Sustainable living, mindfulness, wellbeing. Just some of 2017’s inescapable buzzwords; more pressure on our 21st Century lives already plagued by rapidly changing social expectation and constant connectivity. What do they actually mean for us in an increasingly demanding society? How are we supposed to achieve this Nirvana of lifestyles that's sustainable, healthy, but also realistic?
Be For Change is a company set to answer some of these questions and deliver a much-needed hit of realism in an industry too often clouded by false promises and unattainable expectations. Dedicated to living mindfully in the present day and age, Be For Change aims to develop long-lasting, high quality products that keep fine materials away from the landfill.
The company has just launched One Aware, a biannual magazine tackling the big issues at the core of both individual and societal journeys towards a more mindful and sustainable future.
Issue 001 landed hard with a look at some of the internal paradoxes we face as humans seeking a more impactful existence, with the array of writers exploring a range of issues with a rare authenticity. It’s bold, it’s raw and it’s intimate; and these philosophies are mirrored in OA’s striking aesthetics and minimalistic visual make up. Above all, this issue brings home the fact that it is possible to live a fulfilling, sustainable life and still be human.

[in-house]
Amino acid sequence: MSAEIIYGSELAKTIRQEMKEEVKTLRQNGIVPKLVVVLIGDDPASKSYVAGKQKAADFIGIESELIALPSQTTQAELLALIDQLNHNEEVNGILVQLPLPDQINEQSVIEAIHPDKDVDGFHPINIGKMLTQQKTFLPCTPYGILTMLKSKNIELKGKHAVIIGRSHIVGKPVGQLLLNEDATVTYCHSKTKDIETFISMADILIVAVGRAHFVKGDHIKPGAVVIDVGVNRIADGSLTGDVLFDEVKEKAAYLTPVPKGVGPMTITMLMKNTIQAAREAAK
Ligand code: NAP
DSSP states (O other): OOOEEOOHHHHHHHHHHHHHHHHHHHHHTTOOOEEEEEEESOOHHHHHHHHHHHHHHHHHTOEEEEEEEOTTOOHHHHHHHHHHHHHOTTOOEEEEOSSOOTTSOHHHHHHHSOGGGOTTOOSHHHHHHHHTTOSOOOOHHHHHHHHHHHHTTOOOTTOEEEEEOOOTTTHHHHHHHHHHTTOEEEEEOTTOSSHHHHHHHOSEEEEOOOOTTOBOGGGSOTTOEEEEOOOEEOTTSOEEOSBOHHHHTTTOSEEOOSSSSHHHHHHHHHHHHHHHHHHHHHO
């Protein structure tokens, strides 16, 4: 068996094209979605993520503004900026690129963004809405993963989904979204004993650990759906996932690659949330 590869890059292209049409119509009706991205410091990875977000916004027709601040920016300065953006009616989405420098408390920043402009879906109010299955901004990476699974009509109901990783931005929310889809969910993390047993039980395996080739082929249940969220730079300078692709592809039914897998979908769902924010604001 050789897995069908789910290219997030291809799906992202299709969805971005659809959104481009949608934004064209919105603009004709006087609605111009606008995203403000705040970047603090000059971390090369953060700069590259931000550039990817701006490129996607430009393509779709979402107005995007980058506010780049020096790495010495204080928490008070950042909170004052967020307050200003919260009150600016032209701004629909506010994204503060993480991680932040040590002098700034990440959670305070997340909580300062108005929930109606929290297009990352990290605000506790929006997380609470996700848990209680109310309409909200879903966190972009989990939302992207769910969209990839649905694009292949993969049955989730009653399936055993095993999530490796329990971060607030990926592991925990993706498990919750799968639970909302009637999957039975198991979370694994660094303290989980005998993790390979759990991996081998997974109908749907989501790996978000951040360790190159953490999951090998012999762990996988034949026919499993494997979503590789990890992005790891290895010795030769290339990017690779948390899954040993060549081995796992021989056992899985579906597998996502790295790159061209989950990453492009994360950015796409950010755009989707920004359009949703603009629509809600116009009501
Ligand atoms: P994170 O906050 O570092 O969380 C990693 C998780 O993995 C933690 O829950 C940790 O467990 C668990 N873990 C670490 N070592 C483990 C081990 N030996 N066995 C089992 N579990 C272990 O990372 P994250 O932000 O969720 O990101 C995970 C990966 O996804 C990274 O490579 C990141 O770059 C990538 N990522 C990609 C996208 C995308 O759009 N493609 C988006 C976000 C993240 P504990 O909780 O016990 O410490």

I was fortunate enough to work with the creative team to develop some of the visual content for the opening piece focussed on impulse; an inherent part of existence that touches all of us, even if we can’t always consciously acknowledge it. We shot on a weekend in Shoreditch and came away with some powerful photos, a sample of which are below.
The piece tells the stories of four writers, each with a very different perspective on impulses ranging from desire to 21st century consumerism. To be frank, the article is close to home- but in the most positive way. It’s conceivable that every reader will be able to relate to each story on individual level and recognise the lack of control we sometimes can’t escape as human beings.